Correction: An earlier version of this story inaccurately referred to the Ansaldo Honolulu proposal as worth $1.2 billion. The contract would guarantee Ansaldo $1.1 billion.
An executive with Bombardier, one of two companies rejected in their bids for a Honolulu rail contract worth more than $1 billion, called a Tuesday afternoon debrief with Honolulu officials “productive.”
But Andrew Robbins, Bombardier’s vice president of business development, said it didn’t change his mind about what he sees as a flawed procurement process by the city. After a two-year bidding process, Bombardier was disqualified days before officials announced rival firm Ansaldo Honolulu was its selection for a $1.1 billion core systems contract.
“What I can tell you is we’re very pleased that they were very professional and very forthright and they tried very hard to answer our questions,” Robbins told Civil Beat Tuesday. “Certainly, we left the meeting still disagreeing with our disqualification.”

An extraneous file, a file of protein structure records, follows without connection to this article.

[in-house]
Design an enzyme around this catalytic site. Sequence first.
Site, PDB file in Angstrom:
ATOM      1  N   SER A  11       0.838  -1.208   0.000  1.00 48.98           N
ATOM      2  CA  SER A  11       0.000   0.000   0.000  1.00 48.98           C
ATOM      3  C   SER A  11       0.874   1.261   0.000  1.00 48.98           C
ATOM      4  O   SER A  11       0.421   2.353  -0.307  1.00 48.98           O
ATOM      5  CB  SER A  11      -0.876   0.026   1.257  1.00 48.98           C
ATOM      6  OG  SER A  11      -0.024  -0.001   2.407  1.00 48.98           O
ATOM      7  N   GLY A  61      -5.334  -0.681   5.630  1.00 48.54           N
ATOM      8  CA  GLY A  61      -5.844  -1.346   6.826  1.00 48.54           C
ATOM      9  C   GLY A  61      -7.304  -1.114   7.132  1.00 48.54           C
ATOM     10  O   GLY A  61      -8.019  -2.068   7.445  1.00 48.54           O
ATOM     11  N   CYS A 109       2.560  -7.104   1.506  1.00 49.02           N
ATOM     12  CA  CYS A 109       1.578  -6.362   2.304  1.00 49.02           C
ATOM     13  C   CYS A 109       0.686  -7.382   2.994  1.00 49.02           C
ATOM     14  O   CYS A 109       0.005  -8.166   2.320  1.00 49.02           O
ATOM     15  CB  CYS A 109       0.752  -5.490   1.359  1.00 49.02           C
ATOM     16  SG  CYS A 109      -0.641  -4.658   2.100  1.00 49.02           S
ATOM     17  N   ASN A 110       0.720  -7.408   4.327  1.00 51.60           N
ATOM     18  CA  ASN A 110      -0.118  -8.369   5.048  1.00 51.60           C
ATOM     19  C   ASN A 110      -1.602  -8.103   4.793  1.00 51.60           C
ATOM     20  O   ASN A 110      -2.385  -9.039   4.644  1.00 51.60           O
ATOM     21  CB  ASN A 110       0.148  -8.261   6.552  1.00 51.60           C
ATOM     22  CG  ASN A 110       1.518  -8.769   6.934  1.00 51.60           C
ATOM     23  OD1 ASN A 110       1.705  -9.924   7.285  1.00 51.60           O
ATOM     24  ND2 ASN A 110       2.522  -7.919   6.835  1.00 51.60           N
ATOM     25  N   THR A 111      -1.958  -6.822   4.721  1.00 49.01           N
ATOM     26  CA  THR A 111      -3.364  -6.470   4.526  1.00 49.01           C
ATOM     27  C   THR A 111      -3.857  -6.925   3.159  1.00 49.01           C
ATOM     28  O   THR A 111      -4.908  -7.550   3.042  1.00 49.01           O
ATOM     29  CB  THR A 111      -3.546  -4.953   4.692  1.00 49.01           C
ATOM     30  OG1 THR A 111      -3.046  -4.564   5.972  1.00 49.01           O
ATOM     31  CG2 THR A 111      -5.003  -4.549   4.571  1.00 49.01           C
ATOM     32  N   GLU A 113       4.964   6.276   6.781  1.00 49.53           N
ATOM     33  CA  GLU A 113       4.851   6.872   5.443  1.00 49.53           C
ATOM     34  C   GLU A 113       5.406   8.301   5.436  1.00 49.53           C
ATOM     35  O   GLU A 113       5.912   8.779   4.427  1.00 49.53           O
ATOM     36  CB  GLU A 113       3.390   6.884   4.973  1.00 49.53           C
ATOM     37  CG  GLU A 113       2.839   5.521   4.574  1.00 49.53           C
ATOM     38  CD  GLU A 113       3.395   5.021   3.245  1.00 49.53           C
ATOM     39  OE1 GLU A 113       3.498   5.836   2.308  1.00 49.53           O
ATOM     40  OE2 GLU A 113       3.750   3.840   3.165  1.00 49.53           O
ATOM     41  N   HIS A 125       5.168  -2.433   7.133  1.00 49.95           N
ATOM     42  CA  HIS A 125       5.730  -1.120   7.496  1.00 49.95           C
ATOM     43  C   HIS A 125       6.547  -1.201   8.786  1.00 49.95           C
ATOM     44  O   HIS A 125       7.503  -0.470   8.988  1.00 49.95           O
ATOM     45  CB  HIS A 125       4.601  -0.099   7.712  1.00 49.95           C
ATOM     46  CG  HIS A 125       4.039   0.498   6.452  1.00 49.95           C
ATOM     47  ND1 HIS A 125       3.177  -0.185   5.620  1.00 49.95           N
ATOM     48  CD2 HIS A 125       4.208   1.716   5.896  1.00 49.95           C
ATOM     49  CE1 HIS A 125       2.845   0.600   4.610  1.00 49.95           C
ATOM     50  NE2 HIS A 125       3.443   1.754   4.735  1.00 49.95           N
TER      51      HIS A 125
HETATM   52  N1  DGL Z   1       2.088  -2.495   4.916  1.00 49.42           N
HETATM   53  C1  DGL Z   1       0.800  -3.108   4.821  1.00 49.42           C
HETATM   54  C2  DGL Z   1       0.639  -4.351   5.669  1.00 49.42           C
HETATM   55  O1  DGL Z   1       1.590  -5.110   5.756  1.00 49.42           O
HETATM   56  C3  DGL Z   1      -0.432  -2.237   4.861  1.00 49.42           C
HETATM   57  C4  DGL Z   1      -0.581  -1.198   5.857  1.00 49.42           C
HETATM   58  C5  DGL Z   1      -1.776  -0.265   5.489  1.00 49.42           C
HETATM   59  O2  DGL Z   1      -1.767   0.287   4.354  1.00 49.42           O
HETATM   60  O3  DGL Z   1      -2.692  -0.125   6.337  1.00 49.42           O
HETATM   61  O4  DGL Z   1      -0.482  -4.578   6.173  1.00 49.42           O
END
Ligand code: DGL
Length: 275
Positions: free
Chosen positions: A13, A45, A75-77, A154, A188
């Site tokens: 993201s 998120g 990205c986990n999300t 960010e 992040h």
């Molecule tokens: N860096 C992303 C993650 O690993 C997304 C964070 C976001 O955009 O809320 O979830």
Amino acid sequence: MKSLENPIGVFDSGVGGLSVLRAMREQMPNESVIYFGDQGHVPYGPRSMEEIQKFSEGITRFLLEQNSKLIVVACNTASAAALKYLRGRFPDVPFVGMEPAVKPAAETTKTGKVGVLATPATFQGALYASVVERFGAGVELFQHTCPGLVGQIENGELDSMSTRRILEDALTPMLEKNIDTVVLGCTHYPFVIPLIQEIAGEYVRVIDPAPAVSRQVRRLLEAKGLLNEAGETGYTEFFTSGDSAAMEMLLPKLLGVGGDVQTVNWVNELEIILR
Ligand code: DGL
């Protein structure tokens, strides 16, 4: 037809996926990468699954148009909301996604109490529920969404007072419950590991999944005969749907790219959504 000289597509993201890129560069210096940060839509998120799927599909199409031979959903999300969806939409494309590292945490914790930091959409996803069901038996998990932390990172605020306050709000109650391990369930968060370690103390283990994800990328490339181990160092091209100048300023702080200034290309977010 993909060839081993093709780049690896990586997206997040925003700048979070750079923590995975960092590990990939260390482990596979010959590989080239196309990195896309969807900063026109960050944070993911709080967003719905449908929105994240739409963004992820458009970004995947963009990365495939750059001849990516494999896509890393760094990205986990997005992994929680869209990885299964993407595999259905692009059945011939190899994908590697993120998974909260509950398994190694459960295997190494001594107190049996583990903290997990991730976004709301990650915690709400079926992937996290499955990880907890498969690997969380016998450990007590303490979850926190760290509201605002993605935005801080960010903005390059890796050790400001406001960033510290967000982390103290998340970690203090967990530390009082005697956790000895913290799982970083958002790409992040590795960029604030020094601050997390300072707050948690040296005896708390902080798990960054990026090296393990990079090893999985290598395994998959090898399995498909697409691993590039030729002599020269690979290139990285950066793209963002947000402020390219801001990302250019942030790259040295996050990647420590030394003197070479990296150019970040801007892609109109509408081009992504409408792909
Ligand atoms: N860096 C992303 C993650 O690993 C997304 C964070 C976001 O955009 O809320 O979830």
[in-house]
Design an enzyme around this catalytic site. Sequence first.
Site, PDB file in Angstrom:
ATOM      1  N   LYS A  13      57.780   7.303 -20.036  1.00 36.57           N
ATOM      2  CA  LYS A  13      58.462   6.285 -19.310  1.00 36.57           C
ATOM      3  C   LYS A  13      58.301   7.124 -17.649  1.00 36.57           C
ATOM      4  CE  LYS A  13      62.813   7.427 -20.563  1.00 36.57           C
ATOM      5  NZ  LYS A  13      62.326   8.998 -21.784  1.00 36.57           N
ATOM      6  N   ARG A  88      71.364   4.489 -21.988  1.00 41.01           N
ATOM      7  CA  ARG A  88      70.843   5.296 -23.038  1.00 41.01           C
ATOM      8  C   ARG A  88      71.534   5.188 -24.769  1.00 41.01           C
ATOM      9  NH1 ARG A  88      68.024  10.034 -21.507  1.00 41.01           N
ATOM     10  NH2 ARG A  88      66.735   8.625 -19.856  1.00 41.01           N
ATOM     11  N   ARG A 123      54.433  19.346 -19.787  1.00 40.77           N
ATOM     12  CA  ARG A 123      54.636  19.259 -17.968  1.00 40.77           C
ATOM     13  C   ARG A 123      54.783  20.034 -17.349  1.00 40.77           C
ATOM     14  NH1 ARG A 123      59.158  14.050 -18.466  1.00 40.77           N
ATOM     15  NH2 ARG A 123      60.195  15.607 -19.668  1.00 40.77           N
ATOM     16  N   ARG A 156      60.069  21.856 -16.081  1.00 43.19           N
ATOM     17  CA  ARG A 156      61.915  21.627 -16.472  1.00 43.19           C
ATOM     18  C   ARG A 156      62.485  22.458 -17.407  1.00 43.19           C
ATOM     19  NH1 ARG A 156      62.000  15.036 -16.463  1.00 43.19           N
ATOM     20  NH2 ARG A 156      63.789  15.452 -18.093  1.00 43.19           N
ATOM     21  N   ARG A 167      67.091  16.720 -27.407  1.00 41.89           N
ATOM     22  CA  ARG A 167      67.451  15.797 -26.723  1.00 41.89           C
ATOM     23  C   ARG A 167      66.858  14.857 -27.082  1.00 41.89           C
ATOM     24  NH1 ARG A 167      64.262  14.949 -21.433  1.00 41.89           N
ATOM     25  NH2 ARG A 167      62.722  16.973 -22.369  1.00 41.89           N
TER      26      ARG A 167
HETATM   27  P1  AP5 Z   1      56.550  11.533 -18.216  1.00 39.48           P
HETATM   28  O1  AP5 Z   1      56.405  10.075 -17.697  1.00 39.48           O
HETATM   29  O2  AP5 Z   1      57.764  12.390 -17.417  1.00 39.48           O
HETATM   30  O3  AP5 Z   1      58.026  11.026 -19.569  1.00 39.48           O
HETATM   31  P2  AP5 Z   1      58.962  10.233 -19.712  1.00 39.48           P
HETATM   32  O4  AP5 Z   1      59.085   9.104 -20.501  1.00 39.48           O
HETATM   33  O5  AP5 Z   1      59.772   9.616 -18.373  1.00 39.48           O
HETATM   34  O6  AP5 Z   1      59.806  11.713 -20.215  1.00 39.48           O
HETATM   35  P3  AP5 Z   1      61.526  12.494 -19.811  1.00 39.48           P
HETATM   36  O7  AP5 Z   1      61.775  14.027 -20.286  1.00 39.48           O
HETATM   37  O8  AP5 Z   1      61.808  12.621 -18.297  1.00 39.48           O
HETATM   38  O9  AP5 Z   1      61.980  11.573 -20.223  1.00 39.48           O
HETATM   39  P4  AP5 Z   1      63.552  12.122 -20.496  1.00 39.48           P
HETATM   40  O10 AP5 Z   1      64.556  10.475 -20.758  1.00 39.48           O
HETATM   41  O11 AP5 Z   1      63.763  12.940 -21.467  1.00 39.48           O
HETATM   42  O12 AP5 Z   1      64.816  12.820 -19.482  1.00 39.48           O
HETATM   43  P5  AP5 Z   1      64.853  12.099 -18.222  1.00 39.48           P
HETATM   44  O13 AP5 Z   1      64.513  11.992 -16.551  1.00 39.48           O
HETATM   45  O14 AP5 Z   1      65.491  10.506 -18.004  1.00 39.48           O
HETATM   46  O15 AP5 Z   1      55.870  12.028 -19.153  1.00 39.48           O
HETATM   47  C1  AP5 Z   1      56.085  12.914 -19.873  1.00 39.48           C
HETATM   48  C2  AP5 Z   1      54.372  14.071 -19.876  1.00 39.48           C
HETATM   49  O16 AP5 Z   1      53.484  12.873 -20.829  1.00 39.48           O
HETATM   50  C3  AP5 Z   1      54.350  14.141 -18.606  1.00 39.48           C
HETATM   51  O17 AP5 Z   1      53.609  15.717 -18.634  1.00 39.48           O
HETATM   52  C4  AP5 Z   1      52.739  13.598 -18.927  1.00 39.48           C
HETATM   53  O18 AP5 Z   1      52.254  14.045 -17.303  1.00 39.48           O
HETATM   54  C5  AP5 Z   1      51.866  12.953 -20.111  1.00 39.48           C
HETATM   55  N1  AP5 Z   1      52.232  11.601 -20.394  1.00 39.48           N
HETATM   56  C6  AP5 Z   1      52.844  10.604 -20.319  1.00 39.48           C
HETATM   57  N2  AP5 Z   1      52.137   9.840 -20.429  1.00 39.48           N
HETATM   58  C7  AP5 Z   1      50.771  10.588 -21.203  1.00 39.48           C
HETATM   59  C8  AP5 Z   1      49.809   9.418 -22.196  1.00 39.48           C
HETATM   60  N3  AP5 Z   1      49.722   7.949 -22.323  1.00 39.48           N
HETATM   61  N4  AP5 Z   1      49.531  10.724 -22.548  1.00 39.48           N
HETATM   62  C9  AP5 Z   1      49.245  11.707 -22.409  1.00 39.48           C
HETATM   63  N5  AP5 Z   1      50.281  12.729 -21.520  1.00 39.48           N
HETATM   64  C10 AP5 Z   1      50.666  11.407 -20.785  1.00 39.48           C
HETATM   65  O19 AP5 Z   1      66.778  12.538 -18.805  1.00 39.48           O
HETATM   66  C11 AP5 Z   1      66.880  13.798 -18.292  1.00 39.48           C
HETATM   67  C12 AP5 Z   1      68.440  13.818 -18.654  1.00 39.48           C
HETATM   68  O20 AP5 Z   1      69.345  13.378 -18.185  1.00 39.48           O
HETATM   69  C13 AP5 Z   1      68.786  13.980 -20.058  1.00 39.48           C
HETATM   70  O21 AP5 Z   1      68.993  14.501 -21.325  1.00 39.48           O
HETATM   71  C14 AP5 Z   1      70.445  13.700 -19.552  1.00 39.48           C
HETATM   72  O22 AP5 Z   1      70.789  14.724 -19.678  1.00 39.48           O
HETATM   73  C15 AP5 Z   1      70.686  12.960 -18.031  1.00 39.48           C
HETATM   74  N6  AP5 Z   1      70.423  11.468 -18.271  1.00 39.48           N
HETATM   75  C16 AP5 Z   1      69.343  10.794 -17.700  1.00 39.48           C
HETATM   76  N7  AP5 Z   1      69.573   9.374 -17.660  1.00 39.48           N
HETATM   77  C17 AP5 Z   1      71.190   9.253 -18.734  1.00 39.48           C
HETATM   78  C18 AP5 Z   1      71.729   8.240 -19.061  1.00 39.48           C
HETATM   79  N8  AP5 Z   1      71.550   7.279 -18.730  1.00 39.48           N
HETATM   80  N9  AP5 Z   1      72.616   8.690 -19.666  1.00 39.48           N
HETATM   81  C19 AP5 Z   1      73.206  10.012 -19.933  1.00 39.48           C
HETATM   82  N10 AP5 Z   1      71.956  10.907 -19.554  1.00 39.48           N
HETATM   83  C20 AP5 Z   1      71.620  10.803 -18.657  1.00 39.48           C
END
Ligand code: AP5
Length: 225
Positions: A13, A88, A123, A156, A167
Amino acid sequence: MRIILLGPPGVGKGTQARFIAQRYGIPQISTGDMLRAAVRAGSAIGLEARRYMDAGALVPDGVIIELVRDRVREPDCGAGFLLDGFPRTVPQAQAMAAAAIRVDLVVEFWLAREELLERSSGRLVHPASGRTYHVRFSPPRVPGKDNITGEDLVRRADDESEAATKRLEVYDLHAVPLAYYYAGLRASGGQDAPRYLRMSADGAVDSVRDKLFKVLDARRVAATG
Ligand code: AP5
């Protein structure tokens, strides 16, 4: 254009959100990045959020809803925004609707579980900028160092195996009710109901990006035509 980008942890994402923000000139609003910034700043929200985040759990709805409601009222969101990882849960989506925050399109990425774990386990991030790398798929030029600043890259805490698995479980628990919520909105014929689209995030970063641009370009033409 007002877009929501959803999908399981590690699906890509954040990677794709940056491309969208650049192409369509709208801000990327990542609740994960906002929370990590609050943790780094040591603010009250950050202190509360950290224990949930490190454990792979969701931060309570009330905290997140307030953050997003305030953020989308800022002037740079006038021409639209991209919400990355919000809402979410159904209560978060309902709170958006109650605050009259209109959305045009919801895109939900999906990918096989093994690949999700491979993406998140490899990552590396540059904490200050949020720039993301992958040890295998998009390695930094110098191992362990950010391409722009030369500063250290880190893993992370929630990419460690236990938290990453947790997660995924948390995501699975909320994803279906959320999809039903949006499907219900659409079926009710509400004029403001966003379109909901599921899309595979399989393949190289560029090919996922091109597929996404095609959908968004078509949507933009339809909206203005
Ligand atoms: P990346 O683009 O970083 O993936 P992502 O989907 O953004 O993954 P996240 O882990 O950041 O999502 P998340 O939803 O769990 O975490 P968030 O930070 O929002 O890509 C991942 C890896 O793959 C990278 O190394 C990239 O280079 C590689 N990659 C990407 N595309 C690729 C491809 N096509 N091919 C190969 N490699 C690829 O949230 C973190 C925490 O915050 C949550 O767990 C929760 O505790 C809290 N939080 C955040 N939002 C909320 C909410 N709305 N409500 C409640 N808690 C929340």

Robbins said Bombardier is still deciding whether to formally protest the city’s decision.
“We have five working days to submit a protest, and I think we’re going to pretty much use all of that to make up our minds,” he said. “They certainly tried very hard to explain their position. It wasn’t like they were trying to hold back.”
Sumitomo Corp. of America, had its debrief with the city Monday. Sumitomo’s vice president, Gino Antoniello, said the company is launching a protest.
Both Sumitomo and Bombardier have complained that the city abandoned “price realism” criteria. Robbins and Antoniello both said it appears the city rushed toward the end of the process, and selected a company that appeared to — but didn’t actually — have a lower-proposal.
The deadline for companies to file protests is early next week.
“Look, I mean, we’ve really never had an issue with the professionalism of these folks,” Robbins said of his interaction with the city. “We recognize they all work hard, and they’re all trying to do they right thing.”
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